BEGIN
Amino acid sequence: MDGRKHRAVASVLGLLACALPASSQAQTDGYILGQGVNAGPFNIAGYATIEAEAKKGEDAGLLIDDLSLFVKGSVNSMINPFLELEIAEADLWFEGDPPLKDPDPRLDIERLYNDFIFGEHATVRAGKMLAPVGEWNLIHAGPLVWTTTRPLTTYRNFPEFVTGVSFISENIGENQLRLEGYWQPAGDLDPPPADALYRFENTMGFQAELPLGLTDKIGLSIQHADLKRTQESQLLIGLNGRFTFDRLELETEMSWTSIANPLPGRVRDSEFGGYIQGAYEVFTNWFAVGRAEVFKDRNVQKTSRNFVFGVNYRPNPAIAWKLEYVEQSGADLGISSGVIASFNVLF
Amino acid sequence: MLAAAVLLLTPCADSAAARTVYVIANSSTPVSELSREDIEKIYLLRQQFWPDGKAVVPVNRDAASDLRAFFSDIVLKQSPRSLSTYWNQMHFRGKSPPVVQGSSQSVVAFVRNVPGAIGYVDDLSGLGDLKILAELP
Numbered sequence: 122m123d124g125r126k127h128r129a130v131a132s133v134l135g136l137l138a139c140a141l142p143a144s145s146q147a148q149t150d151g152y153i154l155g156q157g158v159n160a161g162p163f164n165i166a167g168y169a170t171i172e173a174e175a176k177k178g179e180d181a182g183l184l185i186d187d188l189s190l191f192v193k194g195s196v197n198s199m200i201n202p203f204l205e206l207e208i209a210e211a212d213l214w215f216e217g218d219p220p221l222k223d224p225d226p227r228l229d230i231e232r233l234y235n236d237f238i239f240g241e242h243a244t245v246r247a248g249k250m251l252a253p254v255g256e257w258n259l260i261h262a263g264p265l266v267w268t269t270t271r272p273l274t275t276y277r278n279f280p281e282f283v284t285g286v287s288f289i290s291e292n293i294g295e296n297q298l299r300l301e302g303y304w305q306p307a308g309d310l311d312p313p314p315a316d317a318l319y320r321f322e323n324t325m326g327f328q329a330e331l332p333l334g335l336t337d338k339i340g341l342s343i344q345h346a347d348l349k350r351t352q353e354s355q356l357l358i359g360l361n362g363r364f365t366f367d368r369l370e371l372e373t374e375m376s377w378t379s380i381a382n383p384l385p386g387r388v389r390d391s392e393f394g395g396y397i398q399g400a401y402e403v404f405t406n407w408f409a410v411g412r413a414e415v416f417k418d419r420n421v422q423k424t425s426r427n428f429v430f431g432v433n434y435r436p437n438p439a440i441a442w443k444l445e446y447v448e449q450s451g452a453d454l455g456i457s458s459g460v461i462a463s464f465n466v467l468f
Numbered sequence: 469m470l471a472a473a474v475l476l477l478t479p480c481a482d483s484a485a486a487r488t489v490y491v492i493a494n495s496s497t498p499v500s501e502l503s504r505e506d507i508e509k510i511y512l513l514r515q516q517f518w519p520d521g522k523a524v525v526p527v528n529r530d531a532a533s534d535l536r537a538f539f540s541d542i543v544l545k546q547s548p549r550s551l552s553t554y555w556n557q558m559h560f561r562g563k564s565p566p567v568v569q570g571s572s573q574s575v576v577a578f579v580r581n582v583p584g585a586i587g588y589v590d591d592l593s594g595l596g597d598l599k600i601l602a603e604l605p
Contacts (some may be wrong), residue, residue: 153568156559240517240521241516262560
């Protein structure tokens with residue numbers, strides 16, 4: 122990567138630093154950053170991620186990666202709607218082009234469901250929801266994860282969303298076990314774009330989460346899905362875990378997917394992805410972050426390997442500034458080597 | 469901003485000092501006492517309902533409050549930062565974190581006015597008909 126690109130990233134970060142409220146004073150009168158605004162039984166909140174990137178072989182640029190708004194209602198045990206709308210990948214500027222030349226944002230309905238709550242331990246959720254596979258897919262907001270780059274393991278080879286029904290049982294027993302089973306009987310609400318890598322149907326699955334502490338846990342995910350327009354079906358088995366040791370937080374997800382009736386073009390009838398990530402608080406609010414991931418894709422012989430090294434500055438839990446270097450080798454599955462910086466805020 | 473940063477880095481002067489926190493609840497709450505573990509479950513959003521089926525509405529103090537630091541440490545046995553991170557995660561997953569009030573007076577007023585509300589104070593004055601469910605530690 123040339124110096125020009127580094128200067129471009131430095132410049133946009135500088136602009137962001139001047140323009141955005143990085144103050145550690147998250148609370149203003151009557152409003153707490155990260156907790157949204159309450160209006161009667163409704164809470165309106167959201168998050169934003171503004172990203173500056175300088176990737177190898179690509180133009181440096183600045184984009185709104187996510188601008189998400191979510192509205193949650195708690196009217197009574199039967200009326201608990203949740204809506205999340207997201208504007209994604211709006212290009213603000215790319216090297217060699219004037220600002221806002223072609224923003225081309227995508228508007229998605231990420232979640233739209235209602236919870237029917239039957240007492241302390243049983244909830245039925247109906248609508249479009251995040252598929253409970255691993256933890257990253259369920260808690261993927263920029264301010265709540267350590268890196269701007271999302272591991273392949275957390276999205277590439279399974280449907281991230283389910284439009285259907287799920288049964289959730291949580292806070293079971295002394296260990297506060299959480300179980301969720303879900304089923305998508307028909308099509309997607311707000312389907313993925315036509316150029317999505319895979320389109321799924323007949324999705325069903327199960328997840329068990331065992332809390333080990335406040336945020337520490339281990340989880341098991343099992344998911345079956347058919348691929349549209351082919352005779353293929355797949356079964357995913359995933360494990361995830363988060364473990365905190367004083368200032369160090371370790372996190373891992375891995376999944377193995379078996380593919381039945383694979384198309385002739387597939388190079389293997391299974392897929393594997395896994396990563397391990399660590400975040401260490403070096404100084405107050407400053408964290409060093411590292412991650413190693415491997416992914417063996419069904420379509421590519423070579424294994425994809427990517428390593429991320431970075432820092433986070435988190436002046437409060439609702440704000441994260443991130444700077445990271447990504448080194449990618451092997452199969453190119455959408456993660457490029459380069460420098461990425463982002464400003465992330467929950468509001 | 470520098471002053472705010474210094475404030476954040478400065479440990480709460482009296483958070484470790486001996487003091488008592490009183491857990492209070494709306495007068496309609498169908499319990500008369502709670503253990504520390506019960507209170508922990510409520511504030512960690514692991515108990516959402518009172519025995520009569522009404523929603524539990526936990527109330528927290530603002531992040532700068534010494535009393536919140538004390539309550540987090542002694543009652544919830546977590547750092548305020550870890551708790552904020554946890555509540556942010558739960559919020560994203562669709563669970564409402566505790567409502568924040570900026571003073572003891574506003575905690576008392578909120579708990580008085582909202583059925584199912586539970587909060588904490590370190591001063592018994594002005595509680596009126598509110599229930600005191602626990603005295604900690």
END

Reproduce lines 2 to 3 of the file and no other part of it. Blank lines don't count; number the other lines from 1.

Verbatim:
Amino acid sequence: MLAAAVLLLTPCADSAAARTVYVIANSSTPVSELSREDIEKIYLLRQQFWPDGKAVVPVNRDAASDLRAFFSDIVLKQSPRSLSTYWNQMHFRGKSPPVVQGSSQSVVAFVRNVPGAIGYVDDLSGLGDLKILAELP
Numbered sequence: 122m123d124g125r126k127h128r129a130v131a132s133v134l135g136l137l138a139c140a141l142p143a144s145s146q147a148q149t150d151g152y153i154l155g156q157g158v159n160a161g162p163f164n165i166a167g168y169a170t171i172e173a174e175a176k177k178g179e180d181a182g183l184l185i186d187d188l189s190l191f192v193k194g195s196v197n198s199m200i201n202p203f204l205e206l207e208i209a210e211a212d213l214w215f216e217g218d219p220p221l222k223d224p225d226p227r228l229d230i231e232r233l234y235n236d237f238i239f240g241e242h243a244t245v246r247a248g249k250m251l252a253p254v255g256e257w258n259l260i261h262a263g264p265l266v267w268t269t270t271r272p273l274t275t276y277r278n279f280p281e282f283v284t285g286v287s288f289i290s291e292n293i294g295e296n297q298l299r300l301e302g303y304w305q306p307a308g309d310l311d312p313p314p315a316d317a318l319y320r321f322e323n324t325m326g327f328q329a330e331l332p333l334g335l336t337d338k339i340g341l342s343i344q345h346a347d348l349k350r351t352q353e354s355q356l357l358i359g360l361n362g363r364f365t366f367d368r369l370e371l372e373t374e375m376s377w378t379s380i381a382n383p384l385p386g387r388v389r390d391s392e393f394g395g396y397i398q399g400a401y402e403v404f405t406n407w408f409a410v411g412r413a414e415v416f417k418d419r420n421v422q423k424t425s426r427n428f429v430f431g432v433n434y435r436p437n438p439a440i441a442w443k444l445e446y447v448e449q450s451g452a453d454l455g456i457s458s459g460v461i462a463s464f465n466v467l468f